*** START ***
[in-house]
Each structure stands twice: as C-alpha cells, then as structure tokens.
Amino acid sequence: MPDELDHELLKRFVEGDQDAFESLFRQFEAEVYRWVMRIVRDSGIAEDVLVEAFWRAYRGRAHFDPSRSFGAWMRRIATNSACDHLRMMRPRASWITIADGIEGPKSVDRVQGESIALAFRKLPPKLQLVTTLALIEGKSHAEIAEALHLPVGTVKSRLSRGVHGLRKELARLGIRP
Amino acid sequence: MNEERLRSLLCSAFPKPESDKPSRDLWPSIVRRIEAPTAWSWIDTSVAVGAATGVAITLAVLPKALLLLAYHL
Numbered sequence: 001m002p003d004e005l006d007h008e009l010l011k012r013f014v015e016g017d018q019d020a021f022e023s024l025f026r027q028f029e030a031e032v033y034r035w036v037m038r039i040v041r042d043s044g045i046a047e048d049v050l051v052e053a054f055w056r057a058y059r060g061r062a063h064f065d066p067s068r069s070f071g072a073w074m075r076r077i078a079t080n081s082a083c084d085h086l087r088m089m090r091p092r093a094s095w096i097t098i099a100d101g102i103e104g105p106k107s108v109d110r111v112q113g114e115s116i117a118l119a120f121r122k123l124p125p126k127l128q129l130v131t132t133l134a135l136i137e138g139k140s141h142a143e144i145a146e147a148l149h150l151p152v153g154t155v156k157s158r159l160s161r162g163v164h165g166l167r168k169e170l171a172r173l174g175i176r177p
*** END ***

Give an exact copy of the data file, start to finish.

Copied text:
[in-house]
Each structure stands twice: as C-alpha cells, then as structure tokens.
Amino acid sequence: MPDELDHELLKRFVEGDQDAFESLFRQFEAEVYRWVMRIVRDSGIAEDVLVEAFWRAYRGRAHFDPSRSFGAWMRRIATNSACDHLRMMRPRASWITIADGIEGPKSVDRVQGESIALAFRKLPPKLQLVTTLALIEGKSHAEIAEALHLPVGTVKSRLSRGVHGLRKELARLGIRP
Amino acid sequence: MNEERLRSLLCSAFPKPESDKPSRDLWPSIVRRIEAPTAWSWIDTSVAVGAATGVAITLAVLPKALLLLAYHL
Numbered sequence: 001m002p003d004e005l006d007h008e009l010l011k012r013f014v015e016g017d018q019d020a021f022e023s024l025f026r027q028f029e030a031e032v033y034r035w036v037m038r039i040v041r042d043s044g045i046a047e048d049v050l051v052e053a054f055w056r057a058y059r060g061r062a063h064f065d066p067s068r069s070f071g072a073w074m075r076r077i078a079t080n081s082a083c084d085h086l087r088m089m090r091p092r093a094s095w096i097t098i099a100d101g102i103e104g105p106k107s108v109d110r111v112q113g114e115s116i117a118l119a120f121r122k123l124p125p126k127l128q129l130v131t132t133l134a135l136i137e138g139k140s141h142a143e144i145a146e147a148l149h150l151p152v153g154t155v156k157s158r159l160s161r162g163v164h165g166l167r168k169e170l171a172r173l174g175i176r177p